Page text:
Courtesy of Joshua Mosley and Donald Young Gallery
Two mixed media animation stills from Joshua Mosley's 2010 installation, "International."
Two historical figures who never met in real life have been brought together in a Philadelphia Museum of Art exhibition.
Joshua Mosley, an associate professor and PennDesign’s acting chair of Fine Arts, used animation and sculpture to create his installation, “International,” in which American builder and philanthropist George Brown has a conversation with Austrian economist Friedrich Hayek about the evolution of a nation’s ideal economic and social order.
“When I chose Brown and Hayek, it was because I found that each had found themselves in positions in their 60s where they could think abstractly about public policy, and in general [about] the order of civilization that reaches beyond the scale of what one person can imagine.” Mosley says.
In Mosley’s projected video, he animates photographs of significant locations for both Brown and Hayek, including the Hotel du Parc in Mont Pelerin, Switzerland, where economists, philosophers and historians in the Mont Pelerin Society first met in 1947 to discuss the fate of classical liberalism and what they viewed as the crisis of socialism. The animation also has images of land the Browns purchased in 1941 at Green Bayou and Houston Ship Channel in Texas to complete a series of federal contracts to build ships for World War II.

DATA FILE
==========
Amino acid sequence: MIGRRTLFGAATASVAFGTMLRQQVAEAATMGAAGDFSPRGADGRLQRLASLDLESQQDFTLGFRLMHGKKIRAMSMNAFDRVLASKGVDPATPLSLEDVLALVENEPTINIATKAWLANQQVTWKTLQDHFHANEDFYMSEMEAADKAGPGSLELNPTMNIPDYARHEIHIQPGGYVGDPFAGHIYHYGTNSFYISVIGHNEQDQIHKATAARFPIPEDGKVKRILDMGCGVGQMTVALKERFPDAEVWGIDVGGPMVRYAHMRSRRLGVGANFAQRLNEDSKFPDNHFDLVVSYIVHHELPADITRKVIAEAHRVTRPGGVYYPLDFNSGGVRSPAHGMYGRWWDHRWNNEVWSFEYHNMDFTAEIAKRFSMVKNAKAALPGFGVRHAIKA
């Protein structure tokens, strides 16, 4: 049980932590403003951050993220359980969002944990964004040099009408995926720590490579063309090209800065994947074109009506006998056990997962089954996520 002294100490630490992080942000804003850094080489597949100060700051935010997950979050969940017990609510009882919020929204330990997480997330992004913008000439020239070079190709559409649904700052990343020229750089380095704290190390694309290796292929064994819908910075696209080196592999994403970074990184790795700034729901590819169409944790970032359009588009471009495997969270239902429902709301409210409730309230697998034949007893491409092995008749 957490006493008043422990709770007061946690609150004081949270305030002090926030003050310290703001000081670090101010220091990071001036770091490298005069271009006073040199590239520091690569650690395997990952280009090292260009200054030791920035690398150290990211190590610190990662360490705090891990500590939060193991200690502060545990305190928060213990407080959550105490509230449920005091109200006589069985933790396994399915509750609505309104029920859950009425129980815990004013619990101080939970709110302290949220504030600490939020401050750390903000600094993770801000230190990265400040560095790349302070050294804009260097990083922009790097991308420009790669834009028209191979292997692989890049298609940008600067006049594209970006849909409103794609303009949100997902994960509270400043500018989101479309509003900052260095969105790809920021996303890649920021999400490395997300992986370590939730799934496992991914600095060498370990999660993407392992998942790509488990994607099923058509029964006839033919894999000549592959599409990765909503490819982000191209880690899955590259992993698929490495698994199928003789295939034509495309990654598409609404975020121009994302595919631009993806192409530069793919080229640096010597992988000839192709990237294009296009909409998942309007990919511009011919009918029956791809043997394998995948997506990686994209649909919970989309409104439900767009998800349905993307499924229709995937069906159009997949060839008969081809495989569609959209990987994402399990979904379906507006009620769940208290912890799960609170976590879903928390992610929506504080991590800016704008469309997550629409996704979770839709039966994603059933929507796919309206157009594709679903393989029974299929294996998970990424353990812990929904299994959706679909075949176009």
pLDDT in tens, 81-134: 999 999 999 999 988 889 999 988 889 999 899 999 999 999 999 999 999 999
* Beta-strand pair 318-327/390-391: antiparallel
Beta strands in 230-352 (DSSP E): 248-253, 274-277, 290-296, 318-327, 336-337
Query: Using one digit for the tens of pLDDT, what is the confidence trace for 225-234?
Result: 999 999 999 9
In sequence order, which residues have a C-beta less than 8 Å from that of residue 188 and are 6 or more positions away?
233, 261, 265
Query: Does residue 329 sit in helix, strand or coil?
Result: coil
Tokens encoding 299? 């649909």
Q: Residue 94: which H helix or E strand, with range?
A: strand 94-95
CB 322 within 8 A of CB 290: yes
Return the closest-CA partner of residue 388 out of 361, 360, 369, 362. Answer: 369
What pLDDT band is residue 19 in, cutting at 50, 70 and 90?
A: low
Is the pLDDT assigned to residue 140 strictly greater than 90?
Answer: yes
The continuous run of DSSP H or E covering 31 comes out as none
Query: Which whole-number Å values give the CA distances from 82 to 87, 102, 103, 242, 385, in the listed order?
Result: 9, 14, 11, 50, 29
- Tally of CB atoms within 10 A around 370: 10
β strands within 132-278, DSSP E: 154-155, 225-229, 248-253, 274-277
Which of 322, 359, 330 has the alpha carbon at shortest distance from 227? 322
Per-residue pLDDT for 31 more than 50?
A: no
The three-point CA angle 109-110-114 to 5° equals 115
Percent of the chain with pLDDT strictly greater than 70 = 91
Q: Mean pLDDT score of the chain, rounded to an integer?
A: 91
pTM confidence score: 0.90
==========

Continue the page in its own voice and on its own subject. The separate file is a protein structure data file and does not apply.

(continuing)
The conversation between Brown and Hayek was created using separate oral history recordings from 1968 to 1978. “What I try to do with the dialogue is edit it in a way that it flowed in and out of actual experiences and ideas that each of these historical characters had,” says Mosley, who teaches animation, cinema production and graduate seminars in digital media.
The musical score for the animation was composed by Mosley, using single notes sampled from a 1938 Haines Brothers piano, matched to the piano owned by the Brown family.
Mosley has exhibited and screened his work around the world, including the 2007 Venice Biennale; The Museum of Modern Art, New York; the Reina Sofia in Madrid; and Württembergischer Kunstverein in Stuttgart, Germany.
The exhibit at the Philadelphia Museum of Art runs through July 25. For more information, go to:
Originally published on July 16, 2010